8-8-08 Belgian IIPA.

8.00 lb Pale Malt (2 Row) Bel (3.0 SRM) Grain 46.1 %
8.00 lb Pilsner (2 Row) Bel (2.0 SRM) Grain 46.1 %
2.20 oz Hallertauer, New Zealand [8.50%] (60 min)Hops 50.6 IBU
1.00 oz Styrian Goldings [5.40%] (30 min) Hops 11.2 IBU
0.50 oz Hallertauer, New Zealand [8.50%] (30 min)Hops 8.8 IBU
1.00 oz Styrian Goldings [5.40%] (15 min) Hops 7.2 IBU
0.75 oz Tettnang [4.50%] (30 min) Hops 7.0 IBU
1.00 oz Saaz [4.00%] (5 min) Hops 2.2 IBU
0.50 oz Styrian Goldings [5.40%] (5 min) Hops 1.5 IBU
1.35 lb Turbinado (10.0 SRM) Sugar 7.8 %
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Old 04-28-2008, 03:21 PM   #18
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The Belgian IPA is a style and that is not up for debate here. If I truncated your comments it's because they were off topic or quoted off topic. If you feel your comment are germaine to the discussion, repost them.

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Old 04-28-2008, 05:53 PM   #19
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I just recently found out about this style when I posted a recent topic called "Hoppy Belian" I have a belgian in secondary now and I'm toying around with the idea of dry hopping it. I'm not concerned with straying true to style too much since I'm brewing for myself and what I like. But it seems that Belgian IPA is actually a style on it's own now anyway.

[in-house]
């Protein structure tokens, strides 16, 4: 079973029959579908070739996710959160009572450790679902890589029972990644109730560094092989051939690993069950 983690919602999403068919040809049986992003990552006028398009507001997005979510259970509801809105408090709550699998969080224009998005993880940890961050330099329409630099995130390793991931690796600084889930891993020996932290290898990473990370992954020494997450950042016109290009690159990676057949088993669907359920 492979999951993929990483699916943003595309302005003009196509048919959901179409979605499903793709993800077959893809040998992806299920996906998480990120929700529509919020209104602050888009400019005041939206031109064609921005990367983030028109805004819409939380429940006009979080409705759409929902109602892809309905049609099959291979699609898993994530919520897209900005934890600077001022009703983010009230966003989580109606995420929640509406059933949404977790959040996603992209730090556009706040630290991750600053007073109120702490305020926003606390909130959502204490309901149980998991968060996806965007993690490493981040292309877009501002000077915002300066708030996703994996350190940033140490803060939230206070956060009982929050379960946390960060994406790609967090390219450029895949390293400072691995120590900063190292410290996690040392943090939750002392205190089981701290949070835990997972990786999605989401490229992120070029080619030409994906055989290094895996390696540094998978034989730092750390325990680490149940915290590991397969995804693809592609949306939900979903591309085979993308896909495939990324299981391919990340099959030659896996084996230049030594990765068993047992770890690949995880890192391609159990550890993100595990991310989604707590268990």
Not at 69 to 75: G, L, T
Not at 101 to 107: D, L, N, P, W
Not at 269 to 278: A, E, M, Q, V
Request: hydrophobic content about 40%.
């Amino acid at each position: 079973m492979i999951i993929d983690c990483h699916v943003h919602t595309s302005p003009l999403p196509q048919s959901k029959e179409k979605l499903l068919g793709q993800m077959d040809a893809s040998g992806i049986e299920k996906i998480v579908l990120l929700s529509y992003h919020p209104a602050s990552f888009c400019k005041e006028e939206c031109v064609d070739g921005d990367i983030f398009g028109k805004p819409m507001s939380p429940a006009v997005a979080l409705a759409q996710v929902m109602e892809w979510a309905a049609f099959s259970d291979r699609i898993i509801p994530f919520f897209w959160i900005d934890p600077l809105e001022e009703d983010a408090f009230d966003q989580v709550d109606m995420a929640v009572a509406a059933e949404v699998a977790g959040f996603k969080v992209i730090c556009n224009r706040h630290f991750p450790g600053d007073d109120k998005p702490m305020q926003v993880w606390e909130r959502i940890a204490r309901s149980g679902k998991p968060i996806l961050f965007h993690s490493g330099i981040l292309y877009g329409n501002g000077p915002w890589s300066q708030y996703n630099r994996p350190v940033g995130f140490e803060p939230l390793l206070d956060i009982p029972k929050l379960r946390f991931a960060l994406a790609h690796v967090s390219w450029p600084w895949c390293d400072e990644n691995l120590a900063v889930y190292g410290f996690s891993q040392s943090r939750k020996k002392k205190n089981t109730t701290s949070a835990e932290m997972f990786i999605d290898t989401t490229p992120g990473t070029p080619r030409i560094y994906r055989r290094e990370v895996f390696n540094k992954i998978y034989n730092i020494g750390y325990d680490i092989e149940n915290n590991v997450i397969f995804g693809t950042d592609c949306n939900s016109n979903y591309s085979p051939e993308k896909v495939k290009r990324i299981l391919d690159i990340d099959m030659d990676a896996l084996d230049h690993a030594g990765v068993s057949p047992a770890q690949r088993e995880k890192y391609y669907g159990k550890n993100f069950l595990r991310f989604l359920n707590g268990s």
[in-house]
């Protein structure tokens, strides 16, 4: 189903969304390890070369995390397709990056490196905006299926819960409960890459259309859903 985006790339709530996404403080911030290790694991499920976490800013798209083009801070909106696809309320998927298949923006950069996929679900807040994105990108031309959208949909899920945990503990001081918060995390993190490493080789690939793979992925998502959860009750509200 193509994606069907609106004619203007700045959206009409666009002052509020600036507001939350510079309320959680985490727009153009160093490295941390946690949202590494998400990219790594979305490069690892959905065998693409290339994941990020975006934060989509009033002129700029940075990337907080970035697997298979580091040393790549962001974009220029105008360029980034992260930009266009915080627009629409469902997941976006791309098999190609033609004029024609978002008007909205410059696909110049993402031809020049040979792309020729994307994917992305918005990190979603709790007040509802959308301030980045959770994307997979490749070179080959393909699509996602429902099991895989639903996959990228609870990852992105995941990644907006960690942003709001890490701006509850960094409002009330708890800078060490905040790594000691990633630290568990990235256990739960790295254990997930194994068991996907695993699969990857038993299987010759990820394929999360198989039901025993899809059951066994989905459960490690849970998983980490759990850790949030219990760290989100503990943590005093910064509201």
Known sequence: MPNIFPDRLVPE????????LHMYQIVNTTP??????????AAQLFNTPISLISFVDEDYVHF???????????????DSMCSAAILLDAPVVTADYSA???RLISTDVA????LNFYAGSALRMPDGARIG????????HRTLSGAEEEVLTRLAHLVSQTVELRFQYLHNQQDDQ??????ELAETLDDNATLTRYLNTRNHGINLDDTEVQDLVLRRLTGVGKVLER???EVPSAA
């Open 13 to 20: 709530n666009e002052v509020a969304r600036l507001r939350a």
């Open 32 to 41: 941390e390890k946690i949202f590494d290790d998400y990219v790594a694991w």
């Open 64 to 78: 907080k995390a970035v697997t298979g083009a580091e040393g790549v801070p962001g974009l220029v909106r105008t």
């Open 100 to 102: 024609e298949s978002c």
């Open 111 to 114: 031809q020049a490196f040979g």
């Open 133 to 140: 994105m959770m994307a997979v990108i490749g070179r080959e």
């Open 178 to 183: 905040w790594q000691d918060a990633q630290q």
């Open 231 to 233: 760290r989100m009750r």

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Old 04-28-2008, 06:08 PM   #20
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Quote:
Originally Posted by olllllo
The Belgian IPA is a style and that is not up for debate here. If I truncated your comments it's because they were off topic or quoted off topic. If you feel your comment are germaine to the discussion, repost them.
Not to sound like im trying to do your job, but you left the comments that started all the BS, and have no point in the thread, or are wanted in this thread.

Quote:
Originally Posted by Will b
I just recently found out about this style when I posted a recent topic called "Hoppy Belian" I have a belgian in secondary now and I'm toying around with the idea of dry hopping it. I'm not concerned with straying true to style too much since I'm brewing for myself and what I like. But it seems that Belgian IPA is actually a style on it's own now anyway.
I did dry hop the first version, with Hallertau, and Golding. I think it worked out well. The second version though, im not going to dry hop, I think dry hoping it might take away from the Brett.